About 30 percent more. This is good news for companies that are battling it out under position number one. You still definitely want to get your listings on to the first page of results, though: Mediative found a mere 1 percent of all clicks went to Page Two. Ouch.
Pages in position two through four in the SERPs get a larger slice of available clicks now than they did in 2005.
4) “Right rail” Sponsored Ad Click-through Rates Have Been Crushed
While Mediative found almost no variation in clickthrough rates between 2005 and 2014 for the top three sponsored ads (the ads that appear at the top of the page, in the wide left column), the ads in the right rail have taken a body hit. Their clickthrough rates have fallen from 3.16 to 0.7 percent. It’s interesting how organic search has become less “winner take all,” but paid search is far more a “winner take all” game.
Click-through rates for right rail sponsored ads have fallen to 22% of what they were in 2005.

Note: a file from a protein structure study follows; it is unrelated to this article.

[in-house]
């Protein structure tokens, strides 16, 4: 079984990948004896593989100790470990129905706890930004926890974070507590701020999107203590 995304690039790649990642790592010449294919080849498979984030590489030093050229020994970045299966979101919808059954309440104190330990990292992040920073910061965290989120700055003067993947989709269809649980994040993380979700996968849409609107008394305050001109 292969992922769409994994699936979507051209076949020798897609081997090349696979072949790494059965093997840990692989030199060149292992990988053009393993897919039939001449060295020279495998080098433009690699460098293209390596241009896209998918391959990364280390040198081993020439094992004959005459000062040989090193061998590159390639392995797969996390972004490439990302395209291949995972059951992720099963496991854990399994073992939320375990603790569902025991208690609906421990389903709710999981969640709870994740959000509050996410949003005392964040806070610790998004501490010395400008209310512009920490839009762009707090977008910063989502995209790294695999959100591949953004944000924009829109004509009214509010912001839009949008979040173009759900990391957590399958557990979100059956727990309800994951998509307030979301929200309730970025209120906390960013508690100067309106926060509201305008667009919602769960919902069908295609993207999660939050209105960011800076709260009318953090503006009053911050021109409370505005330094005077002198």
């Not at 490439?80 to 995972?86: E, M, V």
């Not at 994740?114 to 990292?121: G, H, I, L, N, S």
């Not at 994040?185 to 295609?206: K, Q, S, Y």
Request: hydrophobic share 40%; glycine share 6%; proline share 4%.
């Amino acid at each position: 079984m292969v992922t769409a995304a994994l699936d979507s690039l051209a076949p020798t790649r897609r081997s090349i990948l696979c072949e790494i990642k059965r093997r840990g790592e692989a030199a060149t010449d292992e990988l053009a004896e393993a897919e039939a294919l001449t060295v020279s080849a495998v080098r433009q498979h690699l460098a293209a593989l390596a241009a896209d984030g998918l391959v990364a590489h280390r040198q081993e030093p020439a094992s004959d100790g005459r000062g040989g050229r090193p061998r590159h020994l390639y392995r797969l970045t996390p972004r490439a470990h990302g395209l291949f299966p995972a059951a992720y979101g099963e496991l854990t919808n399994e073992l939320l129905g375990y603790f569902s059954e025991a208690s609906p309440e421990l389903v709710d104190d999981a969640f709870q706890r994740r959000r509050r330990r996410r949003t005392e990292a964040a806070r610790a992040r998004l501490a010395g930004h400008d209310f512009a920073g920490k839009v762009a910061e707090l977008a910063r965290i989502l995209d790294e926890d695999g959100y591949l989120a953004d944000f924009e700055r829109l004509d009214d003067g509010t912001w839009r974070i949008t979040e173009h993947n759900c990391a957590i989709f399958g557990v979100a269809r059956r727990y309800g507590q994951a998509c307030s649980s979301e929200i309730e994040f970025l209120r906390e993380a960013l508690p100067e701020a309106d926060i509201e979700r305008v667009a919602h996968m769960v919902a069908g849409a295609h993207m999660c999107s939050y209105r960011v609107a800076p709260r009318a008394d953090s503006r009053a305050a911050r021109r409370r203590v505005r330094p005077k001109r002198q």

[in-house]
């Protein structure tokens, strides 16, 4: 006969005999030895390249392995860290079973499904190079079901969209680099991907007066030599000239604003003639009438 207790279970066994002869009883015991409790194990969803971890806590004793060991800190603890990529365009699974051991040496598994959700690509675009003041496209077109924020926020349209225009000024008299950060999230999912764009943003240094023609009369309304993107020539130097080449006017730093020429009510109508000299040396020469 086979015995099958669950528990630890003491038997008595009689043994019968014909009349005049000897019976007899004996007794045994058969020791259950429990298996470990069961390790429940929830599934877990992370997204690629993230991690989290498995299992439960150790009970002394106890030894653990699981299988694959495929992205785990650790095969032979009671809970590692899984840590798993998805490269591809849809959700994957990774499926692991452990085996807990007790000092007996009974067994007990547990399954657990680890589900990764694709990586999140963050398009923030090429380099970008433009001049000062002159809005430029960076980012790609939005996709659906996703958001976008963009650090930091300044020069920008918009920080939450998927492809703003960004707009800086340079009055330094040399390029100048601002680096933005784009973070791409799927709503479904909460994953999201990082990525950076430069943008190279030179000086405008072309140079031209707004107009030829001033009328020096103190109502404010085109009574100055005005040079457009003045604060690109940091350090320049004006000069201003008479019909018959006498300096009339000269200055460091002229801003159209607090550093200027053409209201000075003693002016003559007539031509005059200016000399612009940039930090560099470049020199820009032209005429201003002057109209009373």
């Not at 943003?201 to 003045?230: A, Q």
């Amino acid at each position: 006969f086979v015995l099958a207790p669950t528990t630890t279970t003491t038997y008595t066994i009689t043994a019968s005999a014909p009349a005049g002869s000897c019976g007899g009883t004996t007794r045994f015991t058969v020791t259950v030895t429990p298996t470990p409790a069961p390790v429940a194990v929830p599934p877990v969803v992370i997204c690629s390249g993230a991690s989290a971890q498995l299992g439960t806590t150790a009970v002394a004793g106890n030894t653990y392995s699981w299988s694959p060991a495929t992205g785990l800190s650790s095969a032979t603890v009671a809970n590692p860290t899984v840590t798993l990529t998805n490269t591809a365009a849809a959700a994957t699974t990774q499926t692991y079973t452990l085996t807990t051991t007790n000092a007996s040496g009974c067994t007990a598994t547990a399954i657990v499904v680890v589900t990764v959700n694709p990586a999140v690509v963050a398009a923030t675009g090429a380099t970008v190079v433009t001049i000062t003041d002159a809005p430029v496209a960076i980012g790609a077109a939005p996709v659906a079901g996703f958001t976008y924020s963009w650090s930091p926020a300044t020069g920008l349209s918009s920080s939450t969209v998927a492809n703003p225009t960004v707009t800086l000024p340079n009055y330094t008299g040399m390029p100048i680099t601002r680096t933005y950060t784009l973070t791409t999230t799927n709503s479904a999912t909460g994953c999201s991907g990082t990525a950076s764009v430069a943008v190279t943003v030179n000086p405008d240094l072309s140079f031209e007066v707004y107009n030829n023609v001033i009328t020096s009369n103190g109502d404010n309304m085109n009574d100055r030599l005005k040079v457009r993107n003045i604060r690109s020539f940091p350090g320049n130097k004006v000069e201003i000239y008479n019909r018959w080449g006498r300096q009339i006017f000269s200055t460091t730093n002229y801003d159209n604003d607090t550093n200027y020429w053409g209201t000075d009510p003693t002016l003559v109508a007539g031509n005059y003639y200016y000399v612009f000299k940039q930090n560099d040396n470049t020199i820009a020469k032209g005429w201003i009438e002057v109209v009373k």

5) People Spend Less Time Looking at Each Listing
In 2005, searchers spent two full seconds looking at each search listing. Now they spend 1.17 seconds. There is an upside, though: Mediative reports their users saw more listings than their 2005 counterparts. So listings today might get less time in terms of attention, but there’s a better chance they’ll get noticed, even if it’s for just a moment.
Because of this change, making your listings telegraph their meaning has never been more important. Fortunately, we have markup language to make our search listings stand out. And given that you’ve got about half the time to convince a user to click as you used to have, it’s a good idea to use all the markup tricks available. That includes title and meta description tags, your Google Local listing, rich snippets and more. Unfortunately, as Mediative notes in their study, “only .3 percent of website use schema markup, yet over 33 percent of Google’s results contain rich snippets.” There’s still a huge opportunity here.
Want to know where search might end up in the next ten years? Read "6 Ways Search Might Change in the Next 10 Years." I'd love to hear your thoughts on the future of search in the comments.
Other images can be found in the Mediative study, "The Evolution of Google's Search Results Pages & Effects on User Behaviour."